It’s not an extrapolation; it’s a comparison. Actors paid to endorse a product (by lying) are (according to the original poster) “everywhere”. There are people who do other unethical things, like rapists, everywhere too. These two groups are similar in that they both do unethical things and are everywhere. Why is this comparison “wildly inappropriate”? Because you falsely think that I’m trying to imply that lying to a reporter is the same level of immorality as raping someone?

TPBer says:

Non-issue

Netflix can really do no wrong at this point in time Who really cares about this actor thing when they give you access to 75K movies and shows for 8.95/mo US

The big difference with Netflix is the interace you choose. Tbe Roku player is the best bag for your buck. Just link this player to your Netflix account and you can take anywhere there is an internet connex.

Danny says:

Should I become a market executive?

You when something as big as Netflix comes into a new market I would think that someone in that company had the bright idea to maybe lead off with a promotional contest like asking Canadians to do a short vid clip expressing how excited they are that Netflix is coming to Canada or something like that. My point is why spend money hiring actors when there are actual excited people who would probably talked positively about Netflix for free.

TW Burger (profile) says:

Hurray for Twitter, Shame on the Journalists

I find it odd and upsetting that the journalists could be fooled so easily by actors and a Twitter storm was the source of uncovering the deception.

When I was reporting technology news it was always obvious who was the paid shill at an announcement or what wasn’t being told to the audience. I remember when Lotus showed us a new 123 release in the 1980s (now I’ve aged myself). It was suspiciously fast and most of us spotted it after an amazingly short recalculation time. When pressed the spokeswoman admitted the CPU was a new experimental core called Pentium that Intel had loaned to Lotus for lab testing and the marketing team had usurped for Dog and Pony shows. It seems that cheating is common when a large amount of money is involved and should always be looked for. Perhaps the real story is the apparent laziness and gullibility and ignorance of the press.

Nick Mc says:

Doesn't matter anyway

Netflix will likely go down in flames in Canada anyway. When the biggest Cable ISP (Rogers) thinks that a 60gig monthly cap is plenty for us, that’s a top line expensive plan by the way. Well at 60 gig and I think $2 per gig over that how much do you think Canadians will actually use Netflix. I’d bet not much. Oh and they also LOWERED the caps pretty much the same day that Netflix announced it’s coming here. They’re not known as “Robbers” here for nothing.
And don’t get me started on the 512meg cap on the iPhone, what is it in the States? 2gig for a normal package?

TW Burger (profile) says:

Re: Doesn't matter anyway

A good point. Shaw is the same with a cap of 60GB download limit on the standard plan and 100GB on the ‘Xtreme’. So, the true ability to download from Netflix is quite limited. An example mentioned was 2.9 gigabytes of data for a 108-minute film. So a potential limit is about 20 feature length films a month with a practical limit being much less if any other internet activity is wanted without extra charges or potential suspension of the account by the ISP. I watch a movie nearly every day so Netflix falls a little short as a sole content provider. There is also the question of download speeds. Although Canada pioneered long distance mass communications our telecom infrastructure has fallen short of many other countries and I’m unsure of the quality of service Netflix can provide. Lately my service is so choppy that it’s often taken 2 minutes for GMail to load.

Mojo says:

Yeah this is a pretty poor move on Netflix’ part and is bound to leave a sour taste in people’s mouths.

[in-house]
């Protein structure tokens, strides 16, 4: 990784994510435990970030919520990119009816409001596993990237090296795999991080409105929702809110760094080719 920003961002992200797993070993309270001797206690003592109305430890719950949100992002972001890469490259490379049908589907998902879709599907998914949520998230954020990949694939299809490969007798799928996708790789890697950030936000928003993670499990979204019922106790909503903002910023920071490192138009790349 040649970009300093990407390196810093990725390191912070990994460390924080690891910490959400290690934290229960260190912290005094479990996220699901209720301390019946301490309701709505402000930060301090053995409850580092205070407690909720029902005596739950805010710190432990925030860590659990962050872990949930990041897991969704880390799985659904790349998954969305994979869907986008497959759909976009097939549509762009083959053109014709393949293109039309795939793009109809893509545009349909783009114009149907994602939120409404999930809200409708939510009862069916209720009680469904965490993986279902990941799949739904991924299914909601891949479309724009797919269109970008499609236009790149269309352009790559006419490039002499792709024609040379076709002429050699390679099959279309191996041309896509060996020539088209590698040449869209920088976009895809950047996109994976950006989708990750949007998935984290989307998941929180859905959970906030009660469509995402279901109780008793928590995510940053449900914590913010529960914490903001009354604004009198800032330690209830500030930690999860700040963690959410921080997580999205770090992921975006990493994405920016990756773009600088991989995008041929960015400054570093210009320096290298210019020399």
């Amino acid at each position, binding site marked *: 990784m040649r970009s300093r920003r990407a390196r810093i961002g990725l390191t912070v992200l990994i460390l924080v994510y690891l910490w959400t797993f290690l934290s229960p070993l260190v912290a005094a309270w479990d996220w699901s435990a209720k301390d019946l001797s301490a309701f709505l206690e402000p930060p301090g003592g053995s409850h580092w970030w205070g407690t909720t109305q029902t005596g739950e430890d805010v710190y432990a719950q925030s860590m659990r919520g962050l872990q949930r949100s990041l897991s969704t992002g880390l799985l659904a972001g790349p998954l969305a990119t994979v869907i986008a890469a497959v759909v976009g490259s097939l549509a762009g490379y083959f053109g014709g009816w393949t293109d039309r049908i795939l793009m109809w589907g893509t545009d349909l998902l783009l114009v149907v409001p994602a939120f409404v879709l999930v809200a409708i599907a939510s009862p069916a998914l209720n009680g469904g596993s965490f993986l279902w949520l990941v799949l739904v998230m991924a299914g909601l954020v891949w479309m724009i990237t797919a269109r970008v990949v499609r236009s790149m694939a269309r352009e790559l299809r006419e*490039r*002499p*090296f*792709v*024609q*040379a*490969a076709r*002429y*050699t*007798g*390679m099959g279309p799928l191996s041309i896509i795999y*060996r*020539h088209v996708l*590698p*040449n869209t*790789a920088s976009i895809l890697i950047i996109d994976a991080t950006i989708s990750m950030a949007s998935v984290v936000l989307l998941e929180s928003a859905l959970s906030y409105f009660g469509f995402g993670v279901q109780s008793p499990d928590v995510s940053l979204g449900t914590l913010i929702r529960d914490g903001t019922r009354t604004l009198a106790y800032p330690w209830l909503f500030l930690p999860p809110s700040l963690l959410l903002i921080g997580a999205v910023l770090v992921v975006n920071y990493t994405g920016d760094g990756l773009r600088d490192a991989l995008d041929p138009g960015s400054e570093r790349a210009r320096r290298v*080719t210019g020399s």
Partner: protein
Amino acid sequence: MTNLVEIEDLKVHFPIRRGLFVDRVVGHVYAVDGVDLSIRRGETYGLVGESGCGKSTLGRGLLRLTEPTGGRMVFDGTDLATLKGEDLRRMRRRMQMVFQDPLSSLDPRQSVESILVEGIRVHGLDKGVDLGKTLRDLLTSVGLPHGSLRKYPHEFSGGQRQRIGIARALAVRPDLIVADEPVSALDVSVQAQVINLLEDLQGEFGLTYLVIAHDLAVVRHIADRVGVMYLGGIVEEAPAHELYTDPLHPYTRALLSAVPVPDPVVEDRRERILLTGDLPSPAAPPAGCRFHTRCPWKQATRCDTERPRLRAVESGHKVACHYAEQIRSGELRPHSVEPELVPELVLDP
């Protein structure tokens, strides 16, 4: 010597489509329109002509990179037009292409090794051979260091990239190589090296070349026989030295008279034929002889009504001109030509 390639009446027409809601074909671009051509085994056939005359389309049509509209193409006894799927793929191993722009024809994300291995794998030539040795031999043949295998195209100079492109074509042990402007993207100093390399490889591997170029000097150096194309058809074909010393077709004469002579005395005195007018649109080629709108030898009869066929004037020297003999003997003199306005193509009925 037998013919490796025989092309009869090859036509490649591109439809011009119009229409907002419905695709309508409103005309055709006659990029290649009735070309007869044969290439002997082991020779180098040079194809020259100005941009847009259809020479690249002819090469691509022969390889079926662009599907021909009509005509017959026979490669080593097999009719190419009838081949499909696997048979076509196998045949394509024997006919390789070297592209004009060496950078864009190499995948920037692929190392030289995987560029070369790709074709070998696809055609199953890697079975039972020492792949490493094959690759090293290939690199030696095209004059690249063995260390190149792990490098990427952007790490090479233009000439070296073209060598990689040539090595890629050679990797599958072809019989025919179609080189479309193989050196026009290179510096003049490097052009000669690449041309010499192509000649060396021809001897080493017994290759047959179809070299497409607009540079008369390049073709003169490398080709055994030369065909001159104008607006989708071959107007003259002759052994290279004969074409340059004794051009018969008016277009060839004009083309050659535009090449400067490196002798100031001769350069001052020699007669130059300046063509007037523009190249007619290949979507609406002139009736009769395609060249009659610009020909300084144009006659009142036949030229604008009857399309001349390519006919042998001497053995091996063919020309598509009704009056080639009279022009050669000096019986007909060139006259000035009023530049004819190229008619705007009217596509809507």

The most surprising thing is that Netflix doesn’t NEED to resort to such underhanded tactics – they have a great, successful service that people are happy with – why stoop to this level to “get people excited?”

Some overzealous marketing person should NOT have been allowed to go this far.

Joe says:

now all they need to do is get some movies in there. right now the cub board is pretty bare. a lot of movies that are available on .com are not there on .ca.

Star Wars 1-6 – not available
Matrix trilogy – not available
Indiana Jones (movies and tv series) – not available
Waterworld – available…. oh joy

The only recent movies I’m seeing are real second stringers like Bulletproof monk.

As the kids say – At first I was like :0 :D, but then I was like šŸ™

Angry Puppy (profile) says:

Re: Netflix Content

I liked Water World. Look, you can’t expect unlimited access to ‘Avatar’ for 8 bucks a month. If they have quality content then it might be appealing.

Do they have good ‘B’ pictures (or pictures styled as such). I looked up a few personal favorites on the Canadian site to see:

Any Tarantino movies? Only ‘Reservoir Dogs’
‘Big Night’ Tony Shaloub, Stanley Tucci, and Ian Holm? NO
‘Dog Soldiers’? NO
‘Congo’? NO
‘200 Cigarettes’? NO
Fellini Pictures? Only 81/2 and La Strada
Akira Kurosawa? Seven films, not bad, but hardly a comprehensive collection.
‘THX1138’? NO
Carpenter’s ‘Dark Star’? NO
‘Little Miss Sunshine’? NO

I have to agree with you Joe, kinda lame.

BruceLD says:

Subject

I was very excited to hear about Netflix video streaming coming to Canada. I quickly opted in to be notified when the service would become available.

I finally got the notice and I quickly signed up for the 1 month free trial. I kept thinking “finally I can watch all that I can eat movies and TV shows and not have to pirate anymore and save hard drive space.”

For $7.99 a month I thought that was a bargain as I would have been willing to pay TRIPLE that for a high quality all you can eat service!

I have to say, I’m dissapointed with the selection of movies and TV shows. Most of the stuff I really WANT to watch are not listed. I imagine it has to do with that nasty “due to license restrictions this content can not be viewed in your country” nonsense as well as the networks/studios that are not willing to join the service. Note: Hulu is not available in Canada and proxy services are all eventually weeded out due to monitoring of excessive amount of traffic requests from one or more IP addresses.

My overall feeling is; I probably will not go passed the free trial. I do NOT like restrictions whatsoever, so I may just go back to pirating. It may take a bit of time to download what I want and it may take up hard drive space, but at least I can watch everything I want without those nasty country restrictions.

F*CK the corporations with their restrictions and refusing to take part in offering services based on convenience. I was willing to pay for a legitimate service, but you’ve just driven me back to piracy.